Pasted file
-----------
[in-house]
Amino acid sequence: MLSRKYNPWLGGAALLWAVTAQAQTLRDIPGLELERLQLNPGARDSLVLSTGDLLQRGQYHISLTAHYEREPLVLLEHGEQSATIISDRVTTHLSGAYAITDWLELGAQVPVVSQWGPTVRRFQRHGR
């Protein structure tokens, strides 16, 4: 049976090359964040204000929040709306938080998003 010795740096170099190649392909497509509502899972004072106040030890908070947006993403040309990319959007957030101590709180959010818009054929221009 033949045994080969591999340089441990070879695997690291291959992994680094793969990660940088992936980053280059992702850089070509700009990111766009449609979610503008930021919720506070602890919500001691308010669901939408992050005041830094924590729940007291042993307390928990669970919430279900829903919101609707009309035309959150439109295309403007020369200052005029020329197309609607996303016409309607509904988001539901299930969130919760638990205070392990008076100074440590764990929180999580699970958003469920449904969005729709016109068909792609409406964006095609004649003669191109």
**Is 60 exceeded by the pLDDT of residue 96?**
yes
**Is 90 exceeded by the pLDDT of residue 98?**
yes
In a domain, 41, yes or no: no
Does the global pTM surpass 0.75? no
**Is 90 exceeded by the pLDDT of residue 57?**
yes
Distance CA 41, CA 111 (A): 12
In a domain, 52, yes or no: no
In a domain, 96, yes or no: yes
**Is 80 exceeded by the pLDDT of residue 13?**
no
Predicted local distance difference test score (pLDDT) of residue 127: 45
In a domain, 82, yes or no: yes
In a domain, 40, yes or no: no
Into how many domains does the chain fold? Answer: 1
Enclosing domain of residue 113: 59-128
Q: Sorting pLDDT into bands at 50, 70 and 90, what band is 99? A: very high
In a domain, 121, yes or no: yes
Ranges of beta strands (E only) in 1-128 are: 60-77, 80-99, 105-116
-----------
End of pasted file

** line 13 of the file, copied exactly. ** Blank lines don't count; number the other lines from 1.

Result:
In a domain, 52, yes or no: no